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Assessment of radial glia in the frontal lobe of fetuses with Down syndrome

Research output: Contribution to journalArticle

Original languageEnglish
Article number141
Pages (from-to)141
Number of pages1
JournalActa Neuropathologica Communications
Volume8
Issue number1
DOIs
Published20 Aug 2020

King's Authors

Abstract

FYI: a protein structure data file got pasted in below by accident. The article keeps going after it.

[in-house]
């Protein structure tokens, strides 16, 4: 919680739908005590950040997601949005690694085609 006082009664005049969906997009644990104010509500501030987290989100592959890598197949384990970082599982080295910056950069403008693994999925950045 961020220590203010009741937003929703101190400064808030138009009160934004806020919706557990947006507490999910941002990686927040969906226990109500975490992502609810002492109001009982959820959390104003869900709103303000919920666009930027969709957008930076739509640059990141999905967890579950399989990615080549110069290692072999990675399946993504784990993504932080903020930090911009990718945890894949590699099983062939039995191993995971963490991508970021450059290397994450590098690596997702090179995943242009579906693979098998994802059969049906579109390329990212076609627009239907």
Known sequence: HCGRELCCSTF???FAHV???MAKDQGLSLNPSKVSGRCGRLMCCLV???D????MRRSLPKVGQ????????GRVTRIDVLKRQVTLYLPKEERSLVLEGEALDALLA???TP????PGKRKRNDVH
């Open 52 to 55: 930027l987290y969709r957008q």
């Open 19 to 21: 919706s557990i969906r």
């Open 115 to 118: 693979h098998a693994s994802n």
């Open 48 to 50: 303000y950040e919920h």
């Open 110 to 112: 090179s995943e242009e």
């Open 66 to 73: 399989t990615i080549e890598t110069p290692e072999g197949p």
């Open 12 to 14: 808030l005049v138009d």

Down syndrome (DS) occurs with triplication of human chromosome 21 and is associated with deviations in cortical development evidenced by simplified gyral appearance and reduced cortical surface area. Radial glia are neuronal and glial progenitors that also create a scaffolding structure essential for migrating neurons to reach cortical targets and therefore play a critical role in cortical development. The aim of this study was to characterise radial glial expression pattern and morphology in the frontal lobe of the developing human fetal brain with DS and age-matched controls. Secondly, we investigated whether microstructural information from in vivo magnetic resonance imaging (MRI) could reflect histological findings from human brain tissue samples. Immunohistochemistry was performed on paraffin-embedded human post-mortem brain tissue from nine fetuses and neonates with DS (15-39 gestational weeks (GW)) and nine euploid age-matched brains (18-39 GW). Radial glia markers CRYAB, HOPX, SOX2, GFAP and Vimentin were assessed in the Ventricular Zone, Subventricular Zone and Intermediate Zone. In vivo diffusion MRI was used to assess microstructure in these regions in one DS (21 GW) and one control (22 GW) fetal brain. We found a significant reduction in radial glial progenitor SOX2 and subtle deviations in radial glia expression (GFAP and Vimentin) prior to 24 GW in DS. In vivo, fetal MRI demonstrates underlying radial projections consistent with immunohistopathology. Radial glial alterations may contribute to the subsequent simplified gyral patterns and decreased cortical volumes observed in the DS brain. Recent advances in fetal MRI acquisition and analysis could provide non-invasive imaging-based biomarkers of early developmental deviations.

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